#2. Plaza de Toros
The Plaza de Toros is Ronda’s bullring. As in many other places in Andalusia, bullfighting is still an important pastime in Ronda. Fortunately, real fights are rarely held and completely different rules apply than years ago. Ronda’s Plaza de Toros is considered one of the most beautiful in Spain. The arena was built in the second half of the eighteenth century, the center circle has a size of 66 meters. The royal lodges can be found on the first floor of the pillared and arcaded arena. If possible, it is even more lavishly decorated and decorated.
#3. Tago de Ronda
The Tajo de Ronda gorge forms the natural separation between the two historic districts of Ronda. The Mercadillo and La Ciudad were separated by the Tajo de Ronda gorge, which was carved by the Guadalevín River. A bridge, the Puente Romano, was built over the gorge as early as Roman times. This bridge still exists and its Roman origins can still be recognized on its foundations. In the sixteenth century, this bridge would be replaced by the slightly higher Puente Viejo. In the eighteenth century, the Puento Neuvo was built on the highest point of the gorge, now the main attraction of Ronda.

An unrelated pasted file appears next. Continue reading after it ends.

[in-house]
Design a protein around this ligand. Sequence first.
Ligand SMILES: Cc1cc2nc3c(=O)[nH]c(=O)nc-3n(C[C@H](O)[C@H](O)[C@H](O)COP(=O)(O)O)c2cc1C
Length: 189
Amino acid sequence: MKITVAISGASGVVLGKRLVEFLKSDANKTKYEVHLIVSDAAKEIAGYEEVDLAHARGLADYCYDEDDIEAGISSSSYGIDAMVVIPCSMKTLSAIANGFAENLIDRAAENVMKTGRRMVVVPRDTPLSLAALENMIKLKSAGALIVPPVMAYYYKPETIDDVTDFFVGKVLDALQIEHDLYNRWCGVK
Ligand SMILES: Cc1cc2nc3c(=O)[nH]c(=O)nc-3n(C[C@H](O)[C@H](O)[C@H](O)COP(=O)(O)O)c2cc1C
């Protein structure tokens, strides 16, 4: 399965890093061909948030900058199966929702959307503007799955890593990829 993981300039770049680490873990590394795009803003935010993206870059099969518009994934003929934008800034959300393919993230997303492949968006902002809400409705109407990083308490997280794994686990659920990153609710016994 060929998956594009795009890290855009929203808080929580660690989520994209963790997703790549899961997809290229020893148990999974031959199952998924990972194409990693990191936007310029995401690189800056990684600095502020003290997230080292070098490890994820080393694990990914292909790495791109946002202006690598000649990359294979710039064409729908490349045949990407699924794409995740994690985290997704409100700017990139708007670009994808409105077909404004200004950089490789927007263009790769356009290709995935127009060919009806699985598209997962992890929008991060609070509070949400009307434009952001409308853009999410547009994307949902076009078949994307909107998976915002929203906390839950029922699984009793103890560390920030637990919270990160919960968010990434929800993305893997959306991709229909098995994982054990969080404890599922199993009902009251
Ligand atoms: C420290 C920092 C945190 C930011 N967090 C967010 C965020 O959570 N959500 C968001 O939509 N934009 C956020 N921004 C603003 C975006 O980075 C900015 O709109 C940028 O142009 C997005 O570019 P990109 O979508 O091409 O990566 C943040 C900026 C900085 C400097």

#4. Church of Santa Maria la Mayor
The fifteenth-century Iglesia de Santa Maria la Mayor can be found in the historic center of Ronda in Plaza Duquesa de Parcent. This is Ronda’s main religious building. The construction of the current church started in the fifteenth century, but was not completed until the seventeenth century. The church was built on the spot where a Christian church could already be found in the Roman period. Few traces of this can now be found, but traces of the mosque from the Moorish period can still be seen. The beautifully decorated mihrad is still part of the church. The front of the Iglesia de Santa Maria la Mayor has a special architectural style with the balcony and the arcades.